- Raw food: including freeze-dried raw, frozen packaged raw, and straight-up raw meat. “Any type of raw is better than kibble,” Dr. Kangas says. You can now find frozen raw food at major pet retailers or even in the supermarket. The Honest Kitchen sells dehydrated raw food that’s certified human-grade food by the FDA. And of course, there is plain raw meat.
“Some people get worried animals can get sick from raw meat, but most pets do well with a raw diet because their stomachs are more acidic than ours, which is a protective mechanism,” Dr. Kangas adds. “So a healthy dog should be able to handle raw meat, but you should go with what you’re comfortable with.”
- Meat toppers: Sprinkle your dog’s food with pulverized dehydrated meat, like PureBites or another 100% meat source with nothing added.
- Fresh foods: best options are eggs, sardines, or another oily fish. “You can do veggies, but raw veggies will usually pass right through and your dog won’t get all the nutrients,” Dr. Kangas explains. “If veggies are chopped fine or lightly cooked, they’re going to digest better.” Fruits like apples, berries, and papaya are okay, but only in small quantities. Avoid high-sugar fruits like bananas or dried fruit.
- Bone broth: considered a superfood for dogs. “Fresh versions are awesome, but The Honest Kitchen has a dehydrated version, and you can even find bone broth on supermarket shelves in the soup aisle,” Dr. Kangas says.
- Goat’s milk: “If goat’s milk is raw and unpasteurized, it’s loaded with beneficial enzymes,” Dr. Kangas explains. “It should be used within 7 days of opening though, which makes the dehydrated version great for convenience.”
Step 2: Be persistent
The majority of dogs will be attracted to these options if you keep persistently exposing them to it.
“If you tried one or two of the items on the list and your dog didn’t take to it, don’t just say, ‘He didn’t like it, I’m just going to feed him cheap, dry food,'” Dr. Kangas suggests.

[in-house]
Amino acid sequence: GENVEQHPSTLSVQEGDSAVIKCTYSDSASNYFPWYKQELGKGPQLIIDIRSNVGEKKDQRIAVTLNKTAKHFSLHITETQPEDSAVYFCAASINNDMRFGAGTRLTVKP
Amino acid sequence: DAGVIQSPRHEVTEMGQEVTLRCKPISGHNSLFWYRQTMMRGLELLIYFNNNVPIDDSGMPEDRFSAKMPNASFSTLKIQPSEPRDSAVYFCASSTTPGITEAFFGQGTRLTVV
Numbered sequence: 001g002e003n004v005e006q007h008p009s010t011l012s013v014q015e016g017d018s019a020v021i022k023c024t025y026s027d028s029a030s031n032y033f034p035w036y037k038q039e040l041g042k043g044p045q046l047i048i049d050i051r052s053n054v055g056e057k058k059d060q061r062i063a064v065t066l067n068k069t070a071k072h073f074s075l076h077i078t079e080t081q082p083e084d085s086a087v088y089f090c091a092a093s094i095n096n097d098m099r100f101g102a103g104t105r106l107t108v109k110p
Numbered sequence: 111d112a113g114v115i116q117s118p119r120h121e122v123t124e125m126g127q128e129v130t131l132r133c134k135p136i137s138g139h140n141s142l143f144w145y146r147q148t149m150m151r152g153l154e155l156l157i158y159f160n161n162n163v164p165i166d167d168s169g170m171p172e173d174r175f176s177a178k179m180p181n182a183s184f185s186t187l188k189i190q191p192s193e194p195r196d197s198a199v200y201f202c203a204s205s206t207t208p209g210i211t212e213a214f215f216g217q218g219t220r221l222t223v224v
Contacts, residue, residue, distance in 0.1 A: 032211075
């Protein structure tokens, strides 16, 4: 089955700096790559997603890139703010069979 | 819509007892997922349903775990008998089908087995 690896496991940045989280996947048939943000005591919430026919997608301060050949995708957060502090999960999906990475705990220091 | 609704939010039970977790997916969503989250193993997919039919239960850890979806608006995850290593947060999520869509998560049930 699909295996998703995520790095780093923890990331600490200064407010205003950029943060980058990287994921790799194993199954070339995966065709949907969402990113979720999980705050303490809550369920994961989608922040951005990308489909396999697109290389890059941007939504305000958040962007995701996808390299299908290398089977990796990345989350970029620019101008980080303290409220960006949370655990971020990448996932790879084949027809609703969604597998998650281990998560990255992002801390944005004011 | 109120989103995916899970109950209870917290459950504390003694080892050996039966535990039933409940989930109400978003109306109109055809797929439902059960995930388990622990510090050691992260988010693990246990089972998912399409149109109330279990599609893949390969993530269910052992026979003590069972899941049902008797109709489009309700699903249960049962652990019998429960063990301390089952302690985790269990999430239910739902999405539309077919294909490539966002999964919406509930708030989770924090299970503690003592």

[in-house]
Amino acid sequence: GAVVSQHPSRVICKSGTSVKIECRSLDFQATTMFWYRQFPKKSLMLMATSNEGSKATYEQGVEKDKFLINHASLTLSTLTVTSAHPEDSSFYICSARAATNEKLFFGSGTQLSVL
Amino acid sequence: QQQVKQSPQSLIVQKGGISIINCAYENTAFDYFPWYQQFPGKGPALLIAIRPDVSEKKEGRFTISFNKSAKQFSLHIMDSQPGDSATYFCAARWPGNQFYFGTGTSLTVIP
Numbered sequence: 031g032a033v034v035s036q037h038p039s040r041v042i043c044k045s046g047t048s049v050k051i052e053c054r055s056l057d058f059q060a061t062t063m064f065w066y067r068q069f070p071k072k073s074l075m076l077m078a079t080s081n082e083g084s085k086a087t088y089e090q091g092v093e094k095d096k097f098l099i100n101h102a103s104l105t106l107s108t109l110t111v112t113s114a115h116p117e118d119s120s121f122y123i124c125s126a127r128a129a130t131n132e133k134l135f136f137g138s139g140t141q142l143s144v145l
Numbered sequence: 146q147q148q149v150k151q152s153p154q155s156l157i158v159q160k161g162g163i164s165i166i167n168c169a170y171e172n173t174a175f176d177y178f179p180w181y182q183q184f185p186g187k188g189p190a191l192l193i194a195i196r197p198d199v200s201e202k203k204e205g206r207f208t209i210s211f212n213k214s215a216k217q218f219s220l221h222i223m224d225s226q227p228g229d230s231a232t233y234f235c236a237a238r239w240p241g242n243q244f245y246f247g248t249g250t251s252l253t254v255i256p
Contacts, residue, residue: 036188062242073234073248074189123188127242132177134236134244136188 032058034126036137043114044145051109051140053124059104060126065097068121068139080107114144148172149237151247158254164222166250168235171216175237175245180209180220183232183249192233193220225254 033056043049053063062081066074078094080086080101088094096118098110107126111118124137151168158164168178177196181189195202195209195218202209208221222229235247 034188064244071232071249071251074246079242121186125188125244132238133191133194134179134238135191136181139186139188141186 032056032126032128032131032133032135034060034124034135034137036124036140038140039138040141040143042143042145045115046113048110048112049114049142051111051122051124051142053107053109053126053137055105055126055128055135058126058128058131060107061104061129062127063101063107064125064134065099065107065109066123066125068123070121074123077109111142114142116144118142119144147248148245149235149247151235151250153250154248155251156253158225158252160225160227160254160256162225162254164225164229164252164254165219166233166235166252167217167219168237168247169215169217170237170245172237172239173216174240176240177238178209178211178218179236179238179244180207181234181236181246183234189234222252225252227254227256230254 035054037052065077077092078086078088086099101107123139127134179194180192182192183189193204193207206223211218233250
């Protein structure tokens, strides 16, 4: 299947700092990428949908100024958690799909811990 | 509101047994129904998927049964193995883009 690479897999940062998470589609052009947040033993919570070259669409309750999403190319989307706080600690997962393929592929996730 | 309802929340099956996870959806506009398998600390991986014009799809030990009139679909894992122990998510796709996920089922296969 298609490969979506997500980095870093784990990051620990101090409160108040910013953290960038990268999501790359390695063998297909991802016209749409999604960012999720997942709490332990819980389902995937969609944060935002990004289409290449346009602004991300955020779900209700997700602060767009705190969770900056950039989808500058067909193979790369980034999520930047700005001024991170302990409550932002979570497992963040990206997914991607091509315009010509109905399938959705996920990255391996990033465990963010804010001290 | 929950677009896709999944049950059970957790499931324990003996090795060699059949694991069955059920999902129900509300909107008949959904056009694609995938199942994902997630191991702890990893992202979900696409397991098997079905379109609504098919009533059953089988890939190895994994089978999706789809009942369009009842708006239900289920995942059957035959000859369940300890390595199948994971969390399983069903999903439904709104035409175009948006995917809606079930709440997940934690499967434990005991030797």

Keep trying until you find an option that works for your pet.
Step 3: Rotate the choices
You would get bored if you ate the same thing every. single. day. So why do we make our dogs do it? Mix it up and keep your dog on his toes, not sure which yummy treat he’s going to get next.
Step 4: Transition slowly
There are rules for weaning your dog onto a new food.
“Never try to abruptly change a diet because that’s less likely to appeal to your dog and it’s more likely to cause digestive upset,” Dr. Kangas explains.
Generally, follow this pattern and see how your dog does:
- Week 1: 3/4 old food, 1/4 new food
- Week 2: 1/2 old food, 1/2 new food
- Week 3: 1/4 old food, 3/4 new food
- Week 4: all new food
Step 5: Make sure your dog is healthy before switching up food
Do not try to transition your pet during any kind of illness or stress. Also be careful with geriatric pets. Consult a veterinary professional for the best options for your dog.
The Bottom Line
Nutrition is the foundation of health for our pets. Your furry friend can’t thrive on junk food in the same way we can’t thrive on the nutrition of fast food.
“Dry junk food doesn’t do anything for your pet’s health,” Dr. Kangas adds.
If your dog is reluctant to eat the healthier alternatives, there are a number of tricks to try to increase your chances of success. Don’t give up on getting your dog to eat healthy—he will thank you in the long run.